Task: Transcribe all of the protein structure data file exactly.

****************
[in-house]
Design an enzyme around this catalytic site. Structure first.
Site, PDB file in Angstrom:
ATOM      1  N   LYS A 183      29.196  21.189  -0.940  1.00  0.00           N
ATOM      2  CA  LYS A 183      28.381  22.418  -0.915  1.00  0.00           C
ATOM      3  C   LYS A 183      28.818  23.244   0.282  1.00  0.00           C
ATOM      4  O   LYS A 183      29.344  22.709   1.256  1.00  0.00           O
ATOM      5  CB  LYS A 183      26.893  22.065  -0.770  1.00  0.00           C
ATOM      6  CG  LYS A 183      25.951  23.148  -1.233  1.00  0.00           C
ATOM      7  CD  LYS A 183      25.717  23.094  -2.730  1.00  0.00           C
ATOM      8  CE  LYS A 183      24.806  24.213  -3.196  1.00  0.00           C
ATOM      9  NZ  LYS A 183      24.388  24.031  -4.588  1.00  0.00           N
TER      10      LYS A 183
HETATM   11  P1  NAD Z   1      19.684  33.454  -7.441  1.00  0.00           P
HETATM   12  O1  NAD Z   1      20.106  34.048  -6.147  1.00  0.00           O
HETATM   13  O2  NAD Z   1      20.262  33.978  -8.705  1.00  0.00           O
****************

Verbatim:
[in-house]
Design an enzyme around this catalytic site. Structure first.
Site, PDB file in Angstrom:
ATOM      1  N   LYS A 183      29.196  21.189  -0.940  1.00  0.00           N
ATOM      2  CA  LYS A 183      28.381  22.418  -0.915  1.00  0.00           C
ATOM      3  C   LYS A 183      28.818  23.244   0.282  1.00  0.00           C
ATOM      4  O   LYS A 183      29.344  22.709   1.256  1.00  0.00           O
ATOM      5  CB  LYS A 183      26.893  22.065  -0.770  1.00  0.00           C
ATOM      6  CG  LYS A 183      25.951  23.148  -1.233  1.00  0.00           C
ATOM      7  CD  LYS A 183      25.717  23.094  -2.730  1.00  0.00           C
ATOM      8  CE  LYS A 183      24.806  24.213  -3.196  1.00  0.00           C
ATOM      9  NZ  LYS A 183      24.388  24.031  -4.588  1.00  0.00           N
TER      10      LYS A 183
HETATM   11  P1  NAD Z   1      19.684  33.454  -7.441  1.00  0.00           P
HETATM   12  O1  NAD Z   1      20.106  34.048  -6.147  1.00  0.00           O
HETATM   13  O2  NAD Z   1      20.262  33.978  -8.705  1.00  0.00           O